If most of your students are juniors, seniors or graduates, you can work out how much foundational knowledge they already have. How much terminology and processes do you need to teach? How much can you assume they know?
The second question is about the type of course you plan to design. If you’re putting together an “Introduction to…” course, you’ll target the lower levels on Bloom’s taxonomy. If you’re teaching those senior in the area, you may not need to introduce any radically new concepts and you can focus on higher-order learning objectives such as applying and analyzing.
What is training evaluation?
Training evaluation is the practice of measuring the impact of corporate training and development to determine the impact it had on employee performance and the return on investment that the training delivered. One of the most widely used evaluation models is the Kirkpatrick Learning Evaluation Model.
This system was introduced by Don Kirkpatrick in 1993 when he released a book called the Four Levels of Training Evaluation. It offers organizations a way to evaluate the effectiveness of their training courses. In a recent blog post, we walked our readers through the process of mastering the Kirkpatrick model of training evaluation.
The Kirkpatrick Model has been further updated and clarified over the years and is currently known as the New World Kirkpatrick Model. It is still one of the most popular learning evaluation models out there.
If you’re not familiar with the system, here’s the deal:
In the 1950s, Don Kirkpatrick devised a system for measuring whether a particular training course had met its goals. His data-driven approach finds ways to improve the experience for learners and it also finds ways to improve and refine courses. Kirkpatrick’s model helps to identify problems in training courses. This helps organizations increase the quality of training that they provide for their staff.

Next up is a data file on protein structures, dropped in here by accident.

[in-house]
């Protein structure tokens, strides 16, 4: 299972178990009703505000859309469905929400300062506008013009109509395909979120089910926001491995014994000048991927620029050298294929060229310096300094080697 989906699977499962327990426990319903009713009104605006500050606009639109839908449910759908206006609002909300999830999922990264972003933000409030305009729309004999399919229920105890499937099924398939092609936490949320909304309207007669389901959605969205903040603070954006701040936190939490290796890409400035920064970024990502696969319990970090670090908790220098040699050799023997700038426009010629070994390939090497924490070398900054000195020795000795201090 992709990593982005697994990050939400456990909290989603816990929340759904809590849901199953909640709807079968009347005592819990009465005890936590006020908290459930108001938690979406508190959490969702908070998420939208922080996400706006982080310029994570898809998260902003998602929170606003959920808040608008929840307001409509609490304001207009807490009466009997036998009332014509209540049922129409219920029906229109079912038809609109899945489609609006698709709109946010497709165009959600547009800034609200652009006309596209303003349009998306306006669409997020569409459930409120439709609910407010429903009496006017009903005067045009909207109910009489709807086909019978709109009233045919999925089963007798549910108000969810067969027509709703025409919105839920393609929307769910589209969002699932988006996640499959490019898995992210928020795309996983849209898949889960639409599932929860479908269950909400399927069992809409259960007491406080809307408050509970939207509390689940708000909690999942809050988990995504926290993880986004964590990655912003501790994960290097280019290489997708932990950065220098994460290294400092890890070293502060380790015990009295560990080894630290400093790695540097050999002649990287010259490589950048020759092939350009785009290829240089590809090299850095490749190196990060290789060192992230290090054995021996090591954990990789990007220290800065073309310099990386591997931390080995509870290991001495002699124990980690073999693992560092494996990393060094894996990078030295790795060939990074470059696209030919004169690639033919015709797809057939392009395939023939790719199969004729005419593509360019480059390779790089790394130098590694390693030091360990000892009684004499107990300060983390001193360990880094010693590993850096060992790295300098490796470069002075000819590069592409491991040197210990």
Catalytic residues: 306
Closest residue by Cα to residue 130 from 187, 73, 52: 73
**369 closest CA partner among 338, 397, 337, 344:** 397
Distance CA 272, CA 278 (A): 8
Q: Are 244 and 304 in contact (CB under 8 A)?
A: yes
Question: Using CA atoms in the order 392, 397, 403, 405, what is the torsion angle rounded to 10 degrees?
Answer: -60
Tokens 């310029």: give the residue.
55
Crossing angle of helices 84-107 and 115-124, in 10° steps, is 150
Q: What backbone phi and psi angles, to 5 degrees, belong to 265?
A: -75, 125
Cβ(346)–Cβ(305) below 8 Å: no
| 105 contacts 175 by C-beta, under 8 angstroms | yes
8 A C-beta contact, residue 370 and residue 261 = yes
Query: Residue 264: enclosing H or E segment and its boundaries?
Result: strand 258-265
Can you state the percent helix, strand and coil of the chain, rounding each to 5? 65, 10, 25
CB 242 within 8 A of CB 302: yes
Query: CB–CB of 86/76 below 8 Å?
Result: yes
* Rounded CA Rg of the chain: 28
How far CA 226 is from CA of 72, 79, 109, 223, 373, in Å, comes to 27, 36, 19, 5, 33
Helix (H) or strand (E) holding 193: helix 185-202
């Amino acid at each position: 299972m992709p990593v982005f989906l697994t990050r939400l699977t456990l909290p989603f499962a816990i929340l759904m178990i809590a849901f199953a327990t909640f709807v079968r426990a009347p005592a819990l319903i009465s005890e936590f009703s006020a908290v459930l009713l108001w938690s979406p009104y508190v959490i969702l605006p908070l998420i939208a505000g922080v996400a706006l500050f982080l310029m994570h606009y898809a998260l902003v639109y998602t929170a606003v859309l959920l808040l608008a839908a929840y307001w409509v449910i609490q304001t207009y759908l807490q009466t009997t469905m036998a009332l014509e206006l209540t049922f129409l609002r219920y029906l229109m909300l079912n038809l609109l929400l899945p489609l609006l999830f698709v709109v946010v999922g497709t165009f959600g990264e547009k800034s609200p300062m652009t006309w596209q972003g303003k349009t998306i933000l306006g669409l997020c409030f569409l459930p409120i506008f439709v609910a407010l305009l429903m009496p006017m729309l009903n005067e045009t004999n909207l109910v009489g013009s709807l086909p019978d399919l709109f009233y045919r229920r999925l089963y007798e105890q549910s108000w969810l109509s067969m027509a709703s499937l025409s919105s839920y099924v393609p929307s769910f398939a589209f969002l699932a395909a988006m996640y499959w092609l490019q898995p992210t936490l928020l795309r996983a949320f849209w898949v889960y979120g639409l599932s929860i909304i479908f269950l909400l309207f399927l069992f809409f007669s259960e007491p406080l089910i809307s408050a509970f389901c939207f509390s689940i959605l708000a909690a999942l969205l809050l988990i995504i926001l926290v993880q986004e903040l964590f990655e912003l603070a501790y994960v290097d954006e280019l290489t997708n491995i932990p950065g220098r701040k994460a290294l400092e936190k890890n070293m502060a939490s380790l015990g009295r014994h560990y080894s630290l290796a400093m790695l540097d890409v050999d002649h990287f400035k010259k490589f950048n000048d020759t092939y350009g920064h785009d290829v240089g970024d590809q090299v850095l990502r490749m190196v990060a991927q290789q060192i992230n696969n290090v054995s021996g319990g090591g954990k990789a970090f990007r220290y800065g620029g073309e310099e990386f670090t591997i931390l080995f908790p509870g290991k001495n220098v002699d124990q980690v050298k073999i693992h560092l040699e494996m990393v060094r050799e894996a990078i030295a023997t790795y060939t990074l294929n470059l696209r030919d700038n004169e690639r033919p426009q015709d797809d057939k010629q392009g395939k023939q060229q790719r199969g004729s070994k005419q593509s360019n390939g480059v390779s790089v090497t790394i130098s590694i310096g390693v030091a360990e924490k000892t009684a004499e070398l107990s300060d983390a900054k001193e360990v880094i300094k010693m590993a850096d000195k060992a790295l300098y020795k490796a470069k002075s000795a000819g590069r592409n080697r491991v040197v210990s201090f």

Kirkpatrick’s Training Evaluation model has four levels:
Reaction: How did trainees react to the training?
Learning: What did trainees learn?
Behavior: Did trainees change their behavior afterward?
Results: Did the training meet the goals of the company?
Now, you may be wondering:
“How do you measure these things?”
This training evaluation model is simple to implement.
You can send the trainees a survey, they can award different aspects of the course on a scale of 1-5.
You can send the trainees two quizzes: one before and one after the course.
You can use on-the-job evaluations to investigate whether the trainees have started to use their training in the workplace. Psst... this can be automated with Kodo Survey.
You can test the outcomes of the training against the goals set by the organization or management.
How to apply Bloom’s hierarchy when evaluating training effectiveness
To apply Bloom’s hierarchy to the Kirkpatrick model, you need to use a ‘verb table’ that helps you check which verbs are aligned with each of the six levels of learning. Some verbs appear in more than one level and are called ‘multilevel-verbs’, but for the most part, each verb belongs to one level.
The following table is a simplified version of a Bloom’s verb table. It helps you to look at the learning objective of a training course and find out which of Bloom’s level the objective is aiming at. You can then see whether the course is working from level one upwards, or if it is putting higher-level objectives before the trainees have mastered lower-level skills such as remembering and understanding.
Let’s look at the table.